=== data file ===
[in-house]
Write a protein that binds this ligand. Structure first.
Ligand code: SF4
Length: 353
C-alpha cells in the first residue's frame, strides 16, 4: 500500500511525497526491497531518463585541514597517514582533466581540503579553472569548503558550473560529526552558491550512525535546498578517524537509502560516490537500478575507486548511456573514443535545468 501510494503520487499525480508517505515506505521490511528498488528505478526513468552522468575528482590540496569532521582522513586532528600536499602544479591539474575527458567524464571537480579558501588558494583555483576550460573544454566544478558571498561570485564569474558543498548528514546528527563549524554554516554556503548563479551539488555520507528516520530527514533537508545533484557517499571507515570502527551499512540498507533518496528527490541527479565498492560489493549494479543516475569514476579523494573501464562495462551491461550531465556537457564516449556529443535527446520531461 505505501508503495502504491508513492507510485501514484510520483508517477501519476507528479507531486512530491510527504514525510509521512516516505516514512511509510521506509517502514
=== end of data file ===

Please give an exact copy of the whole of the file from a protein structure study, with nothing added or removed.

[in-house]
Write a protein that binds this ligand. Structure first.
Ligand code: SF4
Length: 353
C-alpha cells in the first residue's frame, strides 16, 4: 500500500511525497526491497531518463585541514597517514582533466581540503579553472569548503558550473560529526552558491550512525535546498578517524537509502560516490537500478575507486548511456573514443535545468 501510494503520487499525480508517505515506505521490511528498488528505478526513468552522468575528482590540496569532521582522513586532528600536499602544479591539474575527458567524464571537480579558501588558494583555483576550460573544454566544478558571498561570485564569474558543498548528514546528527563549524554554516554556503548563479551539488555520507528516520530527514533537508545533484557517499571507515570502527551499512540498507533518496528527490541527479565498492560489493549494479543516475569514476579523494573501464562495462551491461550531465556537457564516449556529443535527446520531461 505505501508503495502504491508513492507510485501514484510520483508517477501519476507528479507531486512530491510527504514525510509521512516516505516514512511509510521506509517502514